Saturday, May 8, 2010

Motzi Shabbat in Jerusalem

We took a little walk in downtown Jerusalem after Shabbat got out tonight. We ran into some of my American colleagues from the chaplaincy delegation that is here and one of them was kind enough to snap this pic of us.

Shabbat afternoon we walked to the Old City and to the Kotel (Western Wall). It was kind of on the warm side, but really just beautiful weather. On the way to the Old City, we stopped in Independence Park for a bit and heard a boy of about 9 complain angerly to his parents about their choice of a place for their picnic -- "אתם ממש פריירים! (you are real freiers) for picking such a spot when there is a one with more shade and nice water over there," he cried. Freier is a yiddish word that roughly translates as sucker or rube; some say it is an Israeli obsession to not be a freier.


Before we ran into my friends, Minna got a sugar-free ice cream -- I think she looks like she's enjoying it so much in this pic that she could be in an ad for it!!! (I had a taste and have to admit it was a lot better than diet ice cream I've had in the States!)

From Israel Spring 2010

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Wednesday, May 5, 2010

Here and there

So far in these few days in Israel, I am enjoying all the things I expected to enjoy: the smell of the jasmine, the papery magenta glory of bouganvillea, the nervous-making challenge of speaking Hebrew and, of course, eating bourekas and drinking cafe hafuch! There are also tangible things I don't quite know how to put into words: the pungent smell of an unidentified plant that rises into the nostrils as the sun heats the soil on the many gravelly paths around Jerusalem, the odd slickness of the paving stones under my sandaled feet.

But one thing that's very present for me on this short-but-sweet trip is that there are lots of things I could do to connect with Israel (and especially with its Hebrew-language culture) from anywhere but find myself not doing. For example, from a technical perspective, there's nothing that stops me from reading Israeli newspapers online from Boston or Reading or one of the many wifi-enabled rest stops between the two. In particular, Ha'aretz has a book review section on Wednesdays that I know I find an especially enjoyable challenge. But, sitting here in Tmol Shilshom (a bookstore, cafe, happening spot here in the center of Jerusalem that I never know how to get to except by wandering around til I find it), drinking espresso, enjoying the other tourists and regulars, I find myself actually poring over a book review in Hebrew for the first time in months.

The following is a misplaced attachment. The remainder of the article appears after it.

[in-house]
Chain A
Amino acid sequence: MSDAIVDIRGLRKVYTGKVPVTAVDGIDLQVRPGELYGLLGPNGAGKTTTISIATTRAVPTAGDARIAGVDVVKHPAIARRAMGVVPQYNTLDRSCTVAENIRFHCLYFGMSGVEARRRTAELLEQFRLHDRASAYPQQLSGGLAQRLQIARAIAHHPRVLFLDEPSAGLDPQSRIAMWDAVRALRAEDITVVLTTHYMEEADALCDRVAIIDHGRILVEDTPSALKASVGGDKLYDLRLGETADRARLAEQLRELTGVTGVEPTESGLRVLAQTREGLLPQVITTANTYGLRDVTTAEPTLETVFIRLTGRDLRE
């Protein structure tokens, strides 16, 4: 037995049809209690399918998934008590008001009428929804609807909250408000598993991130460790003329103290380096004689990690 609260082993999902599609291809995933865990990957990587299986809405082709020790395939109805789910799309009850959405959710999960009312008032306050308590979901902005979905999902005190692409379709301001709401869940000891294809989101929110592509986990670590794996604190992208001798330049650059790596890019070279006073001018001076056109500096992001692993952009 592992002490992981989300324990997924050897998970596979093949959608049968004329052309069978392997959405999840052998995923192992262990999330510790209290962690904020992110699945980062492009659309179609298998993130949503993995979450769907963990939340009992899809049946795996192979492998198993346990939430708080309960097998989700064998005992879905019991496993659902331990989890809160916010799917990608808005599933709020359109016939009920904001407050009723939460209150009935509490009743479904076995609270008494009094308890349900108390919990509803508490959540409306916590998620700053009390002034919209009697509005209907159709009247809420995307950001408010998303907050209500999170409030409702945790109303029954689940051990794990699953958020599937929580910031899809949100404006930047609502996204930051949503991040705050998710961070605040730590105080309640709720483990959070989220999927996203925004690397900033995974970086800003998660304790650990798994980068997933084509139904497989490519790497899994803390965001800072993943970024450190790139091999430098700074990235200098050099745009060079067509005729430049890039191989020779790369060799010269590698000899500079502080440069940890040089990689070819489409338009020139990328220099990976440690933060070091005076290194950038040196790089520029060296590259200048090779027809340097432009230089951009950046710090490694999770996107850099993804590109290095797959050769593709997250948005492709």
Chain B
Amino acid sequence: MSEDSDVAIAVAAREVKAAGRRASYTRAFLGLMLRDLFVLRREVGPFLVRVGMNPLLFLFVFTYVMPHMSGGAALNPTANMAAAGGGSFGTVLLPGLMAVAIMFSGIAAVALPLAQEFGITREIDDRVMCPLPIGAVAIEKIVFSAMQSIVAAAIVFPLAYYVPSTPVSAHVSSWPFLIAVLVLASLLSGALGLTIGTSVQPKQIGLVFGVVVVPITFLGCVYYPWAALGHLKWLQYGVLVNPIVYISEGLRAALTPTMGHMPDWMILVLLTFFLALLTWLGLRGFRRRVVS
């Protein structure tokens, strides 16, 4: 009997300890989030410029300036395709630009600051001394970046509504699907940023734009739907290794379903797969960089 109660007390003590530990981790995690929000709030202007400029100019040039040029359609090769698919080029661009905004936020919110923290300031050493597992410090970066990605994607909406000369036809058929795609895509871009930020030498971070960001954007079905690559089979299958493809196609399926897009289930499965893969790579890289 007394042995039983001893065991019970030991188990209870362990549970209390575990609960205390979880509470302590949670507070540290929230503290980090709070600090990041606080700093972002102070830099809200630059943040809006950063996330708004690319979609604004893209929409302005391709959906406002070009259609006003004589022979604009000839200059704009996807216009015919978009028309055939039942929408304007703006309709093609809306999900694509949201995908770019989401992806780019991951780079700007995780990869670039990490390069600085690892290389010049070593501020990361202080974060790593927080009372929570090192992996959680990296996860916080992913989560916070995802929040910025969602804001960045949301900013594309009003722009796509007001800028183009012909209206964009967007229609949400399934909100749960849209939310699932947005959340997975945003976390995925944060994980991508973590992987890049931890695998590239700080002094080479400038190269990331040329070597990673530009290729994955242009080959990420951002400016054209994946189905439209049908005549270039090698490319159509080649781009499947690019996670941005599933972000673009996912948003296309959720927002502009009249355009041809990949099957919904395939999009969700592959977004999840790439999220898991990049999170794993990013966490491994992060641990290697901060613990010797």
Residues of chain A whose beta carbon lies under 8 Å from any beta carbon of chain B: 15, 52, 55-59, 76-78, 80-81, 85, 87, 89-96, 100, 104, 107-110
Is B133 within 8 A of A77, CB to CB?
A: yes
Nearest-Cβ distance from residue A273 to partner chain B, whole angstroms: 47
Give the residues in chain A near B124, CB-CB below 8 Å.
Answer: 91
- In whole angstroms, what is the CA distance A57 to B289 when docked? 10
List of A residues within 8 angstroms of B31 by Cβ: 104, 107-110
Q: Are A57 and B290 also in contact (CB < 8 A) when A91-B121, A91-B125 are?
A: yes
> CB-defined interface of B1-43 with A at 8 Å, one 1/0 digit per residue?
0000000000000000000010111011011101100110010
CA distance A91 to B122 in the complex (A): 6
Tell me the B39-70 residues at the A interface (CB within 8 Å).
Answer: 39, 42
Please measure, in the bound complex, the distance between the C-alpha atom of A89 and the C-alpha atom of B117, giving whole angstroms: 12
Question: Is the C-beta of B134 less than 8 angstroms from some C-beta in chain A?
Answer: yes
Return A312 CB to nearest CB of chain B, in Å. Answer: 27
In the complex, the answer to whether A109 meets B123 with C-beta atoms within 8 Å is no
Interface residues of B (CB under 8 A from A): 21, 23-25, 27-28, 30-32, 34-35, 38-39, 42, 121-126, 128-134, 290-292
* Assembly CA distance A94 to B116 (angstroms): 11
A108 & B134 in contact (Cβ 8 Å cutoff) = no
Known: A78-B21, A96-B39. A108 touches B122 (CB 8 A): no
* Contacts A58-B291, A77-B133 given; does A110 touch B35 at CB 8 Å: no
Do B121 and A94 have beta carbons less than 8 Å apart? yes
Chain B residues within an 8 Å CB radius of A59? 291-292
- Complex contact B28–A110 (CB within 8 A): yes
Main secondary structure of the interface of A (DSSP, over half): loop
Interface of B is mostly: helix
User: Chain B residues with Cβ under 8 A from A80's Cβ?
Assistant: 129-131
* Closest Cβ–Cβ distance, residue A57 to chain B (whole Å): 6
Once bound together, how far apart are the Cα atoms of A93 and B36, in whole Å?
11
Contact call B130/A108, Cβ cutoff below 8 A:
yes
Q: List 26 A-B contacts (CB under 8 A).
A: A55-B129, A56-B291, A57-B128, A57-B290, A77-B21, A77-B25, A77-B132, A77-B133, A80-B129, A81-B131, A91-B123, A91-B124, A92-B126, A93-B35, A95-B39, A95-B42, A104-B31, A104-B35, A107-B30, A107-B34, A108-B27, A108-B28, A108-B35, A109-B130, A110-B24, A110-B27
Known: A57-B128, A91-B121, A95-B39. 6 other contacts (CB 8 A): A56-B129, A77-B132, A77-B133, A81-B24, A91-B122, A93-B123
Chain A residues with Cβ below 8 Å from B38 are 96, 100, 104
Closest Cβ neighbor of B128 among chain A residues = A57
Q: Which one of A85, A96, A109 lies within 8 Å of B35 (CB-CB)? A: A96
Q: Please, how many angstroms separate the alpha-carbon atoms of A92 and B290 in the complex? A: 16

It's interesting to me that all the technological advantages of being alive today still can't compete with the phenomenon of "out of sight, out of mind." Connecting with Israel and its people still requires the work of setting a kavannah (intention) and also of setting a priority in terms of how I structure my time. For that matter, I could do a better job of keeping in touch with people here. So, the question I leave open for myself is this: Given that --even in the States-- I am much better at paying attention to the people and the tasks that are right in front of me than I am at remembering who and what else exists in the world, how best to find ways to set Israel and Hebrew before me consistently enough that the thread is not entirely broken in the months (and probably years) away?

Can I take comfort in the fact that I am not alone and that Jews who live far from here have often worried about the tendency to forget? When the psalmist writes: "If I forget thee, O Jerusalem, let my right hand wither, let my tongue cleave to my palate if I do not remember you, if I do not set Jerusalem above my highest joy" (Psalm 137), I hear not only longing, but a real concern about forgetfulness. Knowing my own tendencies, I don't dare make any such vows. But I do want to leave this potential for forgetting open as a place for further inquiry.

I laugh at your parking ticket!

Well, actually, despite Minna's apparent bravado, we just paid it.

In the old days, you had to wait in line at the post office to pay tickets (which is what the rental car people still told us we would have to do), but it turns out that you can just go pay them online.

Minna's been seeing old friends and going to museums while I've been attending the spiritual care conference.

Tomorrow we'll be in Tel Aviv relaxing and then it's back to Jerusalem for Shabbat and then, before you know it, we're back on a plane to the States -- short trip!


Here's Minna, by the way, driving down the streets of Jerusalem (along with a link to some more pics from the trip):

From Israel Spring 2010

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Monday, May 3, 2010

Getting back to the land -- care for the caregivers

That's the Mediterranean sea behind those two bleary-eyed (but happy!) faces above. Minna and I were just an hour off the plane at Ben-Gurion in Tel-Aviv. I'm here for the 6th annual Israel spiritual care conference (it's so great to see professional chaplaincy start to get established here in Israel!). Minna came along as part of a long-term ambition for our lives together -- to make coming to Israel a regular part of what we do and not something that only happens every decade or so. I was so excited over the last week or so, thinking about coming here and often found myself daydreaming about walking along the streets of Jerusalem again and hearing the language of the Hebrew Bible spoken out of the mouths of children as their first language. Coming here is a way of my caring for my own spirit.